The study of the radical right began in the 1950s as social scientists attempted to explain McCarthyism, which was seen as a lapse from the American political tradition. A framework for description was developed primarily in Richard Hofstadter’s “The pseudo-conservative revolt” and Seymour Martin Lipset’s “The sources of the radical right”. These essays, along with others by Daniel Bell, Talcott Parsons, Peter Viereck and Herbert Hyman, were included in The New American Right (1955). In 1963, following the rise of the John Birch Society, the authors were asked to re-examine their earlier essays and the revised essays were published in the book The Radical Right. Lipset, along with Earl Raab, traced the history of the radical right in The politics of unreason (1970).
The central arguments of The Radical Right provoked criticism. Some on the Right thought that McCarthyism could be explained as a rational reaction to communism. Others thought McCarthyism should be explained as part of the Republican Party’s political strategy. Critics on the Left denied that McCarthyism could be interpreted as a mass movement and rejected the comparison with 19th-century populism. Others saw status politics, dispossession and other explanations as too vague.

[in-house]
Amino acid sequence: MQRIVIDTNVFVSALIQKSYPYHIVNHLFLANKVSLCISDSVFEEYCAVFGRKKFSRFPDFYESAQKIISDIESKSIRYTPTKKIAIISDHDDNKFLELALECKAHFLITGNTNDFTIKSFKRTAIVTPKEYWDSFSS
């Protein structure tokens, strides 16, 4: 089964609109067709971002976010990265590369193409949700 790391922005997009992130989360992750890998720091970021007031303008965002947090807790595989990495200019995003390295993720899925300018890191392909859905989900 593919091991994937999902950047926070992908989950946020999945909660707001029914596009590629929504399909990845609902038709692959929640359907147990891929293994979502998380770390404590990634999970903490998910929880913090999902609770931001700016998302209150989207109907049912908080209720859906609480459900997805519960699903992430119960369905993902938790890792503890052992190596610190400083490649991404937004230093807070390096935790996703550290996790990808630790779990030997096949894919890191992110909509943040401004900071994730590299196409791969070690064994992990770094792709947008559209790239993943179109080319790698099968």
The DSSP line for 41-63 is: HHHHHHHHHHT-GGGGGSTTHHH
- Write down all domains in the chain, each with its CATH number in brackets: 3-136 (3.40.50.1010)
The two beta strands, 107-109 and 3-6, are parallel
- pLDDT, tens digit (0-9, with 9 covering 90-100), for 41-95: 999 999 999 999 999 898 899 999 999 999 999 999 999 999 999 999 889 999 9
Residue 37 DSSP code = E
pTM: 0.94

White supremacy – Forbidden America
White supremacy or white supremacism is the belief that white people are superior to those of other races and thus should dominate them. The belief favors the maintenance and defense of any power and privilege held by white people. White supremacy has roots in the now-discredited doctrine of scientific racism and was a key justification for European colonialism. It underlies a spectrum of contemporary movements including neo-Confederates, neo-Nazism and the so-called Christian Identity movement.
Different forms of white supremacy put forth different conceptions of who is considered white, though the exemplar is generally light-skinned, blond-haired, and blue-eyed—traits most common in northern Europe, which are pseudoscientifically viewed as being part of an Aryan race. Different groups of white supremacists identify various racial, ethnic and religious enemies, most commonly those of Sub-Saharan African ancestry, Indigenous peoples of the Americas and Oceania, Asians, multiracial people, Middle Eastern people, Jews, and Muslims.
As a political ideology, it imposes and maintains cultural, social, political, historical, and/or institutional domination by white people and non-white supporters. This ideology has been put into effect through socioeconomic and legal structures such as the Atlantic slave trade, Jim Crow laws in the United States, the White Australia policies from the 1890s to the mid-1970s, and apartheid in South Africa. In addition, this ideology is embodied in the “White power” social movement. Since the early 1980s, the White power movement has been committed to overthrowing the United States government and establishing a white ethnostate using paramilitary tactics.